Studying for his master's degree in 2008 at Stanford University, Daniel Cheng Yuen was struck by how fragmented information was when looking for campus club activities, which run into the thousands.Tuesday, 28 May, 2013, 3:30pm
Six years ago, the term impact investing had yet to even be coined, much less developed into the viable opportunity for investors that it is today. Since then, hundreds of millions of dollars have flowed from US and European investors seeking both financial and social impact.20 Mar 2013 - 3:11am
Noteworthy in Chief Secretary Carrie Lam Cheng Yuet-ngor's recent announcement of the re-establishment of the Commission on Poverty is the inclusion of a task force to determine the terms of reference of the previously announced HK$500 million Social Enterprise Development Fund, now called the Social Innovation and Entrepreneurship Development Fund.11 Jun 2015 - 4:33pm 1 comment
Last month Chief Secretary Carrie Lam Cheng Yuet-ngor officiated at the opening of the Good Lab, the first co-working space for social entrepreneurs in Hong Kong.19 Oct 2012 - 2:12am
Chief Executive Leung Chun-ying has suggested allocating HK$500 million from the Lotteries Fund to form a social enterprises development fund. Who will be eligible for this fund?22 Sep 2012 - 12:16am
It is encouraging to see local business schools lending a hand to non-governmental organisations (NGOs) by providing free services that involve their undergraduates and MBA students.21 Jul 2012 - 12:00am
The Rio+20 conference witnessed the official launch of the Impact Investing Policy Collaborative, a network of researchers and practitioners working to shape public policies that create more effective capital markets for impact investing.16 Jul 2012 - 12:00am
Social enterprises are playing an increasingly important role in Taiwan. It's a trend that gained momentum as community consciousness and a self-help mentality took hold amid soaring unemployment and widening income inequality in the aftermath of the Asian financial crisis 15 years ago.17 Feb 2012 - 12:00am
Government funding support should favour entrepreneurs who aspire to do good and do well.
Rachel Chan, convenor, Make a Difference award.
Letters to the editor, December 1315 Dec 2011 - 12:00am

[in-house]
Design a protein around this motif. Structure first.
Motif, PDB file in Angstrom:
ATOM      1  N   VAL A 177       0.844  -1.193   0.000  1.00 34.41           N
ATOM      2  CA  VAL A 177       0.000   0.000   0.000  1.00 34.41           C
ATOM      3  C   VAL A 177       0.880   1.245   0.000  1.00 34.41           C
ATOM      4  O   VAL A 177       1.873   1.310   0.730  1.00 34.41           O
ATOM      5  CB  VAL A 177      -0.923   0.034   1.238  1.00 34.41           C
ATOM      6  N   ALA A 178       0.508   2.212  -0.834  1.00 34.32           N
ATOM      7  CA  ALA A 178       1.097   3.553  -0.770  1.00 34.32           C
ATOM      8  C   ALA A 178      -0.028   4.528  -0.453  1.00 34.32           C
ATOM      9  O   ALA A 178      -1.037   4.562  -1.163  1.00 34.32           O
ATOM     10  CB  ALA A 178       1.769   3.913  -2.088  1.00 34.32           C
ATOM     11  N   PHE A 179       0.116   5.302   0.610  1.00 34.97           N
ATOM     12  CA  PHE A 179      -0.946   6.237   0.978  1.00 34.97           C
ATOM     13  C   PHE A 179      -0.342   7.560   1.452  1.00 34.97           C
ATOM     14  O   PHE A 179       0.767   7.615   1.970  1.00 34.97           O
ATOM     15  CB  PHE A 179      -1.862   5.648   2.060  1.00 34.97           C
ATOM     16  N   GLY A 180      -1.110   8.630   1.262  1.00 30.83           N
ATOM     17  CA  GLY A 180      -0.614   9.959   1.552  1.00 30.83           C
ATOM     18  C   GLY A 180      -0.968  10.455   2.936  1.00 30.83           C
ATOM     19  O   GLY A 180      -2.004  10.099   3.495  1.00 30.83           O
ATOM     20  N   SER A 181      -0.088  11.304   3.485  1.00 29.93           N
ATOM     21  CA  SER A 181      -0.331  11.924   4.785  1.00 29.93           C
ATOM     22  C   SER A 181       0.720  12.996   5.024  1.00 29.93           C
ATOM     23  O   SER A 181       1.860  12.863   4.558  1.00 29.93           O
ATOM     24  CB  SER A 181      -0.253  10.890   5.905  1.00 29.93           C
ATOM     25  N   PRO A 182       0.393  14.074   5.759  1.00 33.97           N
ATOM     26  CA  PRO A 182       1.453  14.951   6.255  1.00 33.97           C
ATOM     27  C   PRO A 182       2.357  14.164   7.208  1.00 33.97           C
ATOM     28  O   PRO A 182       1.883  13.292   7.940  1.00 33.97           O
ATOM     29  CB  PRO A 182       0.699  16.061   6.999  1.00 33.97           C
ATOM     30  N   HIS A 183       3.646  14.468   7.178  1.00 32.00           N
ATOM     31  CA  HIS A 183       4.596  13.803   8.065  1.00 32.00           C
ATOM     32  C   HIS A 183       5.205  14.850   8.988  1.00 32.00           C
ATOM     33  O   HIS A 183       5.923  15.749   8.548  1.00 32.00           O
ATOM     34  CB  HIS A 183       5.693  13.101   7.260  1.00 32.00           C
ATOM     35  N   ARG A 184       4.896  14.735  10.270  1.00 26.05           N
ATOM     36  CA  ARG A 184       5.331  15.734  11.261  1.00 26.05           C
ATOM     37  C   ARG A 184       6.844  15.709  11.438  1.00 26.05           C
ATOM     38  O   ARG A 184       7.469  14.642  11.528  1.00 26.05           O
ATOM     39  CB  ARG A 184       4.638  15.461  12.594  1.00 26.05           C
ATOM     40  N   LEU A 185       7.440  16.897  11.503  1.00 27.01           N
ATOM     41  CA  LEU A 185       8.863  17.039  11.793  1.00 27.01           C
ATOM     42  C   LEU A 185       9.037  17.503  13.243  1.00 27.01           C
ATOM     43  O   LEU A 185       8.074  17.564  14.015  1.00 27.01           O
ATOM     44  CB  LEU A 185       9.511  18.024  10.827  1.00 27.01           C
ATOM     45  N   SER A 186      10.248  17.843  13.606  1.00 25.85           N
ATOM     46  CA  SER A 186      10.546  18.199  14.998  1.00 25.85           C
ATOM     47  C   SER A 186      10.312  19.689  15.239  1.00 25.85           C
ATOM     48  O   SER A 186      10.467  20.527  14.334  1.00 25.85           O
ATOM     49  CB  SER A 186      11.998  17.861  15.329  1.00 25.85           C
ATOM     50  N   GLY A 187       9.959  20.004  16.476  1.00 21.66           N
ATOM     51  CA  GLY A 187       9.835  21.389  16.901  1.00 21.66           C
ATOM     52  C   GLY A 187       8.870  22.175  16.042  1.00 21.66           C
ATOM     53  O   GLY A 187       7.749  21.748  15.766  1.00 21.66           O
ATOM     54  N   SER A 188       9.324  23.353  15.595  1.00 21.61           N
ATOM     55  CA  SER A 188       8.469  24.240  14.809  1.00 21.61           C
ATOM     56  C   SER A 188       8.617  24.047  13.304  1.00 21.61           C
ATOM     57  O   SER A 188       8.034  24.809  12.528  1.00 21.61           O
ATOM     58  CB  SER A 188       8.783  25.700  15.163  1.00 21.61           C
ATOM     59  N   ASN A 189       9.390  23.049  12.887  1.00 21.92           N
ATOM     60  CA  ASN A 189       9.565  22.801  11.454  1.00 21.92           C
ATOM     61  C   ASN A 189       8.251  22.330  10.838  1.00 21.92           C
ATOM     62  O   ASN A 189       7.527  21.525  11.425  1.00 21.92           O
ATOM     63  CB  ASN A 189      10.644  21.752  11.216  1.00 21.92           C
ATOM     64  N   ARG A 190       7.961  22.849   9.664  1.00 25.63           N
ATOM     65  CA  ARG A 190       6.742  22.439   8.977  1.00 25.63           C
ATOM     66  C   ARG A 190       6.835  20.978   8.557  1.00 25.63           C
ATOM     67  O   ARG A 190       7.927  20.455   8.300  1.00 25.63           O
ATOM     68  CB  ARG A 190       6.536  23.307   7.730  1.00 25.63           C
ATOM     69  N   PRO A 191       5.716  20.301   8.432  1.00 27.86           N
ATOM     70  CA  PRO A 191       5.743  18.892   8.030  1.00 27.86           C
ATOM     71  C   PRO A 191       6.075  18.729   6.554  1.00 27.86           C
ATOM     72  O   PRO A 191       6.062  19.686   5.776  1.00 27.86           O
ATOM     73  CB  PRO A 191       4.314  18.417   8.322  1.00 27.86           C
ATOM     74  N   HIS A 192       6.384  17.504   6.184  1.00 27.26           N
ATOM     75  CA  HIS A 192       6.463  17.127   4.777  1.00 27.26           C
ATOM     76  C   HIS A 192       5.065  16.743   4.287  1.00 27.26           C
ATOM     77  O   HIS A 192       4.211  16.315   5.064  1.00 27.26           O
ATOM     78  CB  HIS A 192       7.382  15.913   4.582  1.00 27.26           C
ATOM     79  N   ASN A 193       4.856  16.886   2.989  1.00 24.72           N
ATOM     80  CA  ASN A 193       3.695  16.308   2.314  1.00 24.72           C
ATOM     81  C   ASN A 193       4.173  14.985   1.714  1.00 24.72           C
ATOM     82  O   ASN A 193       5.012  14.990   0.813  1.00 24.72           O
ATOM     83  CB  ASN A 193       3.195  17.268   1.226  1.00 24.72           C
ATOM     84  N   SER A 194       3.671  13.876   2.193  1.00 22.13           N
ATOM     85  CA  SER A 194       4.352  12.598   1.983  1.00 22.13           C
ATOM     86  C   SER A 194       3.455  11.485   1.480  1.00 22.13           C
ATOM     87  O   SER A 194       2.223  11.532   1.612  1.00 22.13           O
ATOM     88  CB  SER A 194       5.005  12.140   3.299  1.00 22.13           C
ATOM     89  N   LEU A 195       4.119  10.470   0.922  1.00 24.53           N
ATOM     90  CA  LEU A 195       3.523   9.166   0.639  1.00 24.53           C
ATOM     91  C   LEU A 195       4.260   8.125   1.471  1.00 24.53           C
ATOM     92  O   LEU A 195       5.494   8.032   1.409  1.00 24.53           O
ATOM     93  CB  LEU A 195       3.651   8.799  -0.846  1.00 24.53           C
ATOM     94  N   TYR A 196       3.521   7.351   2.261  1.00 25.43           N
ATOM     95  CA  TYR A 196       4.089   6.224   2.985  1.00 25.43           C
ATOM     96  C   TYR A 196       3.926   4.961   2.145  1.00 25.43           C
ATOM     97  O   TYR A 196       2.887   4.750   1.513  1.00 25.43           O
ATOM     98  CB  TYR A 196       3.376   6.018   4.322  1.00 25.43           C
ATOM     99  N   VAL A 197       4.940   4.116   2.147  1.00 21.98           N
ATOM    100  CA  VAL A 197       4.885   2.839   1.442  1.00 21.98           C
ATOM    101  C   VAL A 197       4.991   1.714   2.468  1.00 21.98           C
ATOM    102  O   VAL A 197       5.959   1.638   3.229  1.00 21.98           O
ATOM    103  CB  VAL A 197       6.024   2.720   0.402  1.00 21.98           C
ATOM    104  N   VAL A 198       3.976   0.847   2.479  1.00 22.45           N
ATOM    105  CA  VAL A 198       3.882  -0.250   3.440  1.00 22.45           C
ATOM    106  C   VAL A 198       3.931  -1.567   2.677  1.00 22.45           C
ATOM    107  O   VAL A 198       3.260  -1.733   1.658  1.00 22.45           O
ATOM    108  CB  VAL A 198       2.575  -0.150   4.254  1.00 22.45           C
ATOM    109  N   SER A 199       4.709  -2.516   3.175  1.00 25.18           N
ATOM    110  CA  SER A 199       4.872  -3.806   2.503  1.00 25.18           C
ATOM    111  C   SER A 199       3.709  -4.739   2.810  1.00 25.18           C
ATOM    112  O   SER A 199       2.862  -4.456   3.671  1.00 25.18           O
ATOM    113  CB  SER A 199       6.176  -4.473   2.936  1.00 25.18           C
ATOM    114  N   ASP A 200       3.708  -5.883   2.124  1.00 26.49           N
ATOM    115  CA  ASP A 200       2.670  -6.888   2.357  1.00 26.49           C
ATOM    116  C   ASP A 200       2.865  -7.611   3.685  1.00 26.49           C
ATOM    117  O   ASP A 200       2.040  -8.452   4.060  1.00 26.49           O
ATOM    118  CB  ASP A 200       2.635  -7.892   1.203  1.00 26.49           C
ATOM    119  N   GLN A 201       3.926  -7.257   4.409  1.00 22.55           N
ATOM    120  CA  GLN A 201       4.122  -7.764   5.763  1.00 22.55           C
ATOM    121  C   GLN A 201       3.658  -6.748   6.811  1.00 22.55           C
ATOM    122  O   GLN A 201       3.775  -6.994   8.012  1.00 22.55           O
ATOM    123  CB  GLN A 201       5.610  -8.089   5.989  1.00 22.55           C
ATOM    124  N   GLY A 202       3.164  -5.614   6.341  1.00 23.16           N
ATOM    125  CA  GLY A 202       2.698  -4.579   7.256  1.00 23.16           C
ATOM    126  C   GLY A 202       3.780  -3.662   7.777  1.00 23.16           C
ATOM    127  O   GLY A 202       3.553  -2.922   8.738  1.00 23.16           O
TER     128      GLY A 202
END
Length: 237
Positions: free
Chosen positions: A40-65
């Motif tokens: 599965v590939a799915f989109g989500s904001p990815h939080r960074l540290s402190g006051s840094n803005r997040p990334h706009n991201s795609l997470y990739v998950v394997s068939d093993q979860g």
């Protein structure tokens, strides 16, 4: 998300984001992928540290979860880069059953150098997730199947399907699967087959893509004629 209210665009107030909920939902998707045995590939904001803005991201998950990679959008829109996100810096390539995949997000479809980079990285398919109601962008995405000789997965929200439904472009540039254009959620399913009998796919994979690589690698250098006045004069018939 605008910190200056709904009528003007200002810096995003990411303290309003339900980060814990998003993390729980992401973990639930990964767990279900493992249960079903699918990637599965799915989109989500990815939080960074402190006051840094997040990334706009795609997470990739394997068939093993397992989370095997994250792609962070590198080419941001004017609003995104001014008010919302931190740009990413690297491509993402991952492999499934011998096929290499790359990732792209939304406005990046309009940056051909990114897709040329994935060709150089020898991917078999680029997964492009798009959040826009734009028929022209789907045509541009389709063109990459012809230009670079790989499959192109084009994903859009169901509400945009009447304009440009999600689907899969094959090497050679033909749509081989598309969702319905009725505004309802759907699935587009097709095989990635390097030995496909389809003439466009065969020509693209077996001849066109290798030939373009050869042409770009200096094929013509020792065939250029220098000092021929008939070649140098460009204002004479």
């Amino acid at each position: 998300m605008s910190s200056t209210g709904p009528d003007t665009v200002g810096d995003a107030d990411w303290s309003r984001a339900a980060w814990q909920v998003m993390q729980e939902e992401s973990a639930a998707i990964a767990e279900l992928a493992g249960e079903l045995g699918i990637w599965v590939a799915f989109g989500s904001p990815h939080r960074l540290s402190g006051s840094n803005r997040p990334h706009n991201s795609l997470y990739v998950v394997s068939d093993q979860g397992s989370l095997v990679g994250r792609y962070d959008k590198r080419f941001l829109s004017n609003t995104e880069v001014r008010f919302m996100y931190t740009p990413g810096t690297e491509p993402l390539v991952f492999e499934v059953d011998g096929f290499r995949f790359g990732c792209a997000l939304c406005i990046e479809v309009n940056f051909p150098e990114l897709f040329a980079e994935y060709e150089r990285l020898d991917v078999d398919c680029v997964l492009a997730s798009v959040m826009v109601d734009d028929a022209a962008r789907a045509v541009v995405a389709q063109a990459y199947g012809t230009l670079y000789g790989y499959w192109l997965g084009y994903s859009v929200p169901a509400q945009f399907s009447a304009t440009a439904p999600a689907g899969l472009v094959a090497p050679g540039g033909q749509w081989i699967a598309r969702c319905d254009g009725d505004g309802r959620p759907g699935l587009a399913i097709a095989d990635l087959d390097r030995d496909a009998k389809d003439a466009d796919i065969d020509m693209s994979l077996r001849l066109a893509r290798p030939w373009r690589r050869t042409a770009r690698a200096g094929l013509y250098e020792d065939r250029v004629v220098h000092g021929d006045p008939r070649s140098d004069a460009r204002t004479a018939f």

I read with interest two articles on social enterprises by Lana Lam in Postmagazine ('Down to business' November 27) and Jake van der Kamp's ('Faint scent of snobbery behind social enterprise', November 29). The issues stem from three conceptual ambiguities regarding what social enterprises are or should be.13 Dec 2011 - 12:00am
I refer to Jake van der Kamp's column ('Faint scent of snobbery behind social enterprises', November 29) where he once again accuses social enterprises of moral snobbery. Of course Jake is wrong but I don't blame him. Instead, the Hong Kong government needs to be held accountable for Jake's commonly held but incorrect view of the sector.6 Dec 2011 - 12:00am
In 2006, the government set aside HK$150 million to fund social enterprises. But a short-sighted approach and poor planning have resulted in a less than admirable success rate ...
Post Magazine headline, November 2729 Nov 2011 - 12:00am
In early 2007, the Hong Kong Single Parents Association (HKSPA) was given HK$900,000 by the government to start a social enterprise. The organisation promised to set up a home-help service for the elderly, within which long-term welfare-dependent single mothers with little education would be trained in home maintenance.27 Nov 2011 - 12:00am
The global Occupy Wall Street movement has drawn everyone's attention to the spread of corporate greed.
Many people are rethinking how businesses should be run in a more socially responsible manner.
David Bornstein, the American guru of social enterprise and a best-selling author, has thought deeply about this matter.18 Nov 2011 - 12:00am
I refer to Jake van der Kamp's column ('Social enterprise doesn't deserve to get a mention', October 20) where he talks about 'a small group of people who think they have a special understanding of what constitutes social good and believe the public purse owes them money for it'; and 'normal commercial enterprises provide what the public wants, without the moral snobbery'.31 Oct 2011 - 12:00am